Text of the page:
Fall is here! Time for hayrides, apple picking, sweatshirts, football games, pumpkin spice everything, and… deer. To be safe this fall, here are some Xperts tips!

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  1. Buckle Up: Make sure to wear your seat belt.
  2. Remember there is always more than one: Typically, if you see one deer, there are more to follow so proceed with caution.
  3. Take caution on two-lane roads: Deer are most prevalent on the side of a two-lane road.
  4. Heed deer crossing signs: When you see a deer crossing sign, remember it is placed at that location for a reason and it means deer are prevalent in that particular area.
  5. Avoid swerving: Statistics show that when most drivers swerve to avoid hitting deer, they hit another object instead, such as a tree or another vehicle.
  6. Hitting a deer: Unfortunately and in some cases, hitting a deer can be unavoidable. Ideally, what you want to do is prevent the deer from landing on the hood of the vehicle and slamming into your windshield. Should the animal make contact with the windshield, there is a good chance it will smash right through causing the driver to lose control of the vehicle resulting in serious injury and in some cases, death to the driver and passengers. When hitting a deer seems unavoidable, try to think fast and be aware of the situation. Experts advise braking until the very last second of impact, then releasing the brakes. This should propel the deer away from your vehicle instead of on to the hood or windshield.

Helpful tips:

  • Turn the vehicle’s hazard lights on when you see deer so other motorists are aware that there are deer ahead.
  • If you notice any deer, especially if they are close to the road, slow down as much as possible and proceed with expert caution.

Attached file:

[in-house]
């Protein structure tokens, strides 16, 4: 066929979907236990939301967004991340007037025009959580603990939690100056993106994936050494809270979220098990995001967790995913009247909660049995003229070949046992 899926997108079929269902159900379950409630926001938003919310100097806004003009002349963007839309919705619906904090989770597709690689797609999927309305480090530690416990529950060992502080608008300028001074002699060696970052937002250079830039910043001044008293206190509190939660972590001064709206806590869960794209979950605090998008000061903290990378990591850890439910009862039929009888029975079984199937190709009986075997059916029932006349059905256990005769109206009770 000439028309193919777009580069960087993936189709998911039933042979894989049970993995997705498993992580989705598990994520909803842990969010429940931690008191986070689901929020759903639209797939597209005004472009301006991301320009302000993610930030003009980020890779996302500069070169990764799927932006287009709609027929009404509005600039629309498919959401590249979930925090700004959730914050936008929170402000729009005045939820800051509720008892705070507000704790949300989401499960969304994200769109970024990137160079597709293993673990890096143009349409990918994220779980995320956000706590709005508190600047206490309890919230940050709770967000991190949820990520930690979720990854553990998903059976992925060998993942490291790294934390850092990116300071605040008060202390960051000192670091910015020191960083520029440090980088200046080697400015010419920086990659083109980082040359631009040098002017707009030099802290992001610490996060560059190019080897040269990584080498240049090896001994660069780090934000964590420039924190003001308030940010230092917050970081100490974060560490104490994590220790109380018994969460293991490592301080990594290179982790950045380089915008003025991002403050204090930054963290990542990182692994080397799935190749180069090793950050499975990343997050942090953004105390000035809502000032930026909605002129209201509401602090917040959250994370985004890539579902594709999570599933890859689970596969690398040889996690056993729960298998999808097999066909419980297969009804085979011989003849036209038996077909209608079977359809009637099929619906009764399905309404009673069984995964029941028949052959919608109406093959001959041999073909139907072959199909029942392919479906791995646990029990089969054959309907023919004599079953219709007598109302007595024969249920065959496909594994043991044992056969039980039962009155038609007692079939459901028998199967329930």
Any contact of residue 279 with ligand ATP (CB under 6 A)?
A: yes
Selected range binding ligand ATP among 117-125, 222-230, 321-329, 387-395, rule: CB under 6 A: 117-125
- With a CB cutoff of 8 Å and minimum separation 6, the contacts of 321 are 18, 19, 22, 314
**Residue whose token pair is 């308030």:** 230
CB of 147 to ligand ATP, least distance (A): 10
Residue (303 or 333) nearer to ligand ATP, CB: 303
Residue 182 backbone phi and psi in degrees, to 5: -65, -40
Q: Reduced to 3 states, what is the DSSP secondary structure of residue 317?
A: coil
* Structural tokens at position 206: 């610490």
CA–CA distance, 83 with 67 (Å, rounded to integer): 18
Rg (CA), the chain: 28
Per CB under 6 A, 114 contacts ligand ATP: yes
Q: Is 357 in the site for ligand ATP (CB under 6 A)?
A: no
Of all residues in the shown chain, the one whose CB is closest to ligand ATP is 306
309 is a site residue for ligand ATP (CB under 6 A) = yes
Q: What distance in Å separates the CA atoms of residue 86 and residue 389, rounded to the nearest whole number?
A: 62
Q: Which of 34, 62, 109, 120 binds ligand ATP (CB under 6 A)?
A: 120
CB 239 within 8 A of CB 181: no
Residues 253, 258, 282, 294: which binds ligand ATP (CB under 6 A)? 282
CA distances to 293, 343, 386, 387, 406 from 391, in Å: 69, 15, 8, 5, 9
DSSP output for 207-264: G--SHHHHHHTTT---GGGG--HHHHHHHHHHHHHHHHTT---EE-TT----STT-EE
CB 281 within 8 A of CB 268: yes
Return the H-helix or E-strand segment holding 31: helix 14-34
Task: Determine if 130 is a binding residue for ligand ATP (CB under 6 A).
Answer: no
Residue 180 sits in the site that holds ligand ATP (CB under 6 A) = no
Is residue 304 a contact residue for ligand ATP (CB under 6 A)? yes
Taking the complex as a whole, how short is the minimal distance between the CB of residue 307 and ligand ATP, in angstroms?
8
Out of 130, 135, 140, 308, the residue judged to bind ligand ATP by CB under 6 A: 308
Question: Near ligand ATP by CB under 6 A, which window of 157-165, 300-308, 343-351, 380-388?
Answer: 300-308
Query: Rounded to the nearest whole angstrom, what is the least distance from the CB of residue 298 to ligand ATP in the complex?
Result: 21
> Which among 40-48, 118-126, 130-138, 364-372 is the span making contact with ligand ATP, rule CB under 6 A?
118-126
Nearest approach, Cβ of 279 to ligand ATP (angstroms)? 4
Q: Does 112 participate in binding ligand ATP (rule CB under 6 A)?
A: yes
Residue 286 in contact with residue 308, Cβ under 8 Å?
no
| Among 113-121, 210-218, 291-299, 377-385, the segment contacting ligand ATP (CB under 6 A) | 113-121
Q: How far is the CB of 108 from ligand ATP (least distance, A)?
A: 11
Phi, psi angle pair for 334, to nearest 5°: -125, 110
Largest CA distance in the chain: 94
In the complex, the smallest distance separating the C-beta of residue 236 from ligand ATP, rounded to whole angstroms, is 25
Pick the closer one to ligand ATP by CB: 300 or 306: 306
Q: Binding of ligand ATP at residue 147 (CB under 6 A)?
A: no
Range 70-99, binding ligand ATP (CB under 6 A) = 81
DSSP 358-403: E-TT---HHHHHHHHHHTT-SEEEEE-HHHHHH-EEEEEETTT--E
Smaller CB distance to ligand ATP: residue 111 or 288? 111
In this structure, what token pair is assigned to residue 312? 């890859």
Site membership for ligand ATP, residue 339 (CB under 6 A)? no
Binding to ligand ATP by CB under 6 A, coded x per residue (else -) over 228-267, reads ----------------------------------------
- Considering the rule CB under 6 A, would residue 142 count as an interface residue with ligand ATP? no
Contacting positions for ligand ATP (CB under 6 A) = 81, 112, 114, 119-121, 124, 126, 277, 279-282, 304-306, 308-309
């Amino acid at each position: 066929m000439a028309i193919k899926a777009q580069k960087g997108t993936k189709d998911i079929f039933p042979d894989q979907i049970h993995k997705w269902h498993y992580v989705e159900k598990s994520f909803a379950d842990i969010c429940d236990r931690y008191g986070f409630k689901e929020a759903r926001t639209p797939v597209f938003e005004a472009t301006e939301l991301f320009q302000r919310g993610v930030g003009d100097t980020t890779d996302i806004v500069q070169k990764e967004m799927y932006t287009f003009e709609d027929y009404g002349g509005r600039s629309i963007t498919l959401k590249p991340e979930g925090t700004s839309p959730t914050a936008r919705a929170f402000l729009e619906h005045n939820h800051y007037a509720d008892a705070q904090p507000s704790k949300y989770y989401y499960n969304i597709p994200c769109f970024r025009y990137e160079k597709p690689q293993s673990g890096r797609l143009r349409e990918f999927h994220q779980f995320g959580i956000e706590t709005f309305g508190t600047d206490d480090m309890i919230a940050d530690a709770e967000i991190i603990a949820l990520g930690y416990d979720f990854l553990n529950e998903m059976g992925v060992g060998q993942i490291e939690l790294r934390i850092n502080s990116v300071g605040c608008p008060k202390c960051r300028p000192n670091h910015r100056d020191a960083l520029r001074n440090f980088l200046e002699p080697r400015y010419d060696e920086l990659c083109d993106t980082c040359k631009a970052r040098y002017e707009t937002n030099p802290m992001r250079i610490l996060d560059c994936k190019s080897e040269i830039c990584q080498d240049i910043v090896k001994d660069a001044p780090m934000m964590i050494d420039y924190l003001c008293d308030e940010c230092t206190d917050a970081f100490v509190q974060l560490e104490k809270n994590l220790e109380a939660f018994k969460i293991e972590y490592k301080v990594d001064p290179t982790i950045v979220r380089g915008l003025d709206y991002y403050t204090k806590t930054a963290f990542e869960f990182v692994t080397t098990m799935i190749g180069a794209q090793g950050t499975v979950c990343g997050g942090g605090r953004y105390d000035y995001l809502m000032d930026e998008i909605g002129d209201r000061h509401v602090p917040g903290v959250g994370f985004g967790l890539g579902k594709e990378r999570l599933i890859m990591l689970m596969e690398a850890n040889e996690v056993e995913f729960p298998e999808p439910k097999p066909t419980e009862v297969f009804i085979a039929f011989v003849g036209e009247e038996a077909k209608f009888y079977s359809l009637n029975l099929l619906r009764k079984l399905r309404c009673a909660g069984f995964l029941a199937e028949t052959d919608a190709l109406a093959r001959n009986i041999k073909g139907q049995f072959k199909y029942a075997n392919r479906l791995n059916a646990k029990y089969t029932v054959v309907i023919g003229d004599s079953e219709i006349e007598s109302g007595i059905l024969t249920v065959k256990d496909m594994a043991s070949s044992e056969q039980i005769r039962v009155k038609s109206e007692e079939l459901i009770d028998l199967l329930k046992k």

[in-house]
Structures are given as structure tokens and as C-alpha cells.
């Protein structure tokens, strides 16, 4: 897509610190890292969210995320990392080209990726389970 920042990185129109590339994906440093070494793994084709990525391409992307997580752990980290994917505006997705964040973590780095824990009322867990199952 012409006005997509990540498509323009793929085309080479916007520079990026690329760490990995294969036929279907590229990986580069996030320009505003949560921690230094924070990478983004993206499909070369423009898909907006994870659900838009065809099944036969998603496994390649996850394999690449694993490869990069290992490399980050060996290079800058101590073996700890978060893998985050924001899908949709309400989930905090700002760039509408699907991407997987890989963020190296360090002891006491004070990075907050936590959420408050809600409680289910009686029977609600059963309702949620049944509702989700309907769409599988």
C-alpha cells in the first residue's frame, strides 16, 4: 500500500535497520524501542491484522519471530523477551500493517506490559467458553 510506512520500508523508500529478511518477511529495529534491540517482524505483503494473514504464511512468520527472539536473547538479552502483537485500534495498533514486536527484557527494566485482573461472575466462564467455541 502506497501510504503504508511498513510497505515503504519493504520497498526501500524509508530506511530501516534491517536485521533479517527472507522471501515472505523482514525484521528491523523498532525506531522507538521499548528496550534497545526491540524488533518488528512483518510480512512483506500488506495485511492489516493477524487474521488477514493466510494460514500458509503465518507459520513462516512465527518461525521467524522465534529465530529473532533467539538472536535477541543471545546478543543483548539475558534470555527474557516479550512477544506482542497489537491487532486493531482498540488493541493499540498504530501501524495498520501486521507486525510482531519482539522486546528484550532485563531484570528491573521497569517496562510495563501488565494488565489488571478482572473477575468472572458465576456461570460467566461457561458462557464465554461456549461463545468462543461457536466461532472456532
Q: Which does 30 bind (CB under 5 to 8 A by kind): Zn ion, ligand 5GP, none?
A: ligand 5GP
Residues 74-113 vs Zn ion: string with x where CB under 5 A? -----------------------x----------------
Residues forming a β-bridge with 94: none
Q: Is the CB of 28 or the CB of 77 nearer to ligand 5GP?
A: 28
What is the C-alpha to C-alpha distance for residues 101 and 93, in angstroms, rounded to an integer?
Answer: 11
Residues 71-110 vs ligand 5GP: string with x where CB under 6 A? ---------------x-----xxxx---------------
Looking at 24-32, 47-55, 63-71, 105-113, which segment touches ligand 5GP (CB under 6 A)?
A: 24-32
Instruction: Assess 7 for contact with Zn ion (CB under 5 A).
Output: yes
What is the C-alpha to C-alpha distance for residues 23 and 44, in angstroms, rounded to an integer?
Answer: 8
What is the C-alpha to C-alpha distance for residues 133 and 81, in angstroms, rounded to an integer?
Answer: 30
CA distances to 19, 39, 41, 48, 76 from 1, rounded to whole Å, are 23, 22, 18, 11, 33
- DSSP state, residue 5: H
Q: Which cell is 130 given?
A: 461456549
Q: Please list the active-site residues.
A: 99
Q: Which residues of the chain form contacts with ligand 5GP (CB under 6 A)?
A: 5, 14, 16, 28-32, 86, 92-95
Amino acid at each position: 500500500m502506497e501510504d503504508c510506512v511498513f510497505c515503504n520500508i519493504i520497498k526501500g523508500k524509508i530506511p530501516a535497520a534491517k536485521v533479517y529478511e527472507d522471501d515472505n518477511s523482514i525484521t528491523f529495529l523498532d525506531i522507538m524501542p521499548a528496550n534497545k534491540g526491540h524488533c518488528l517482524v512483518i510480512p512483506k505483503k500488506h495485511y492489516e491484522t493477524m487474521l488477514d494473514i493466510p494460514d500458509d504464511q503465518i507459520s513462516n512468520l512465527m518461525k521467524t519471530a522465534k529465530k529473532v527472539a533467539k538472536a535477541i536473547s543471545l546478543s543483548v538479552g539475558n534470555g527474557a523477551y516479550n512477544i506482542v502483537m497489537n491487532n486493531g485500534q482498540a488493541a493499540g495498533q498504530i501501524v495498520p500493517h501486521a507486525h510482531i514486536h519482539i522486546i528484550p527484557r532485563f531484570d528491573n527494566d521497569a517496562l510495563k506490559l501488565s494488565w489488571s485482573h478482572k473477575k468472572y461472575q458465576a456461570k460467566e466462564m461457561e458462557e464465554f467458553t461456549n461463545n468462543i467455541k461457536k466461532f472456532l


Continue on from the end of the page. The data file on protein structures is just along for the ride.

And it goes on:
• Sounding your horn can startle the animal and cause it to dart into the road or straight into traffic.
  • All vehicle-deer collisions must be reported to the police as soon as possible.
  • In the event that the deer is alive but injured, avoid all contact and move away, keeping a good distance from the animal and wait until police arrive.
  • Watch for the reflection of deer eyes and for the silhouettes on the shoulders of the roads. If anything looks slightly suspicious, slow down.
  • Use high beam headlights if there are no oncoming vehicles. High beams will allow the driver to better see the eyes of the deer.
  • Blink your high beams at the deer. Deer seem to be in a trance when they see your headlights. By blinking your headlights at them, it alerts them to the danger heading towards them.
  • If you know you are going to collide with a deer, do not brace yourself. By doing this, it will increase your chances of breaking bones and being seriously injured. If you are going to collide, relax your body while still maintaining control of the vehicle.
  • Most deer sightings and accidents happening in the morning and at dusk. Be extra alert at that time.

 

Most importantly, stay alert, always wear your seat belt and drive at a safe, sensible speed for the conditions.

If unfortunately you are in an accident, come to Auto Body Xperts… Relax, we are the Xperts!

 

For more facts and helpful tips, see the Michigan Office of Highway Safety Planning.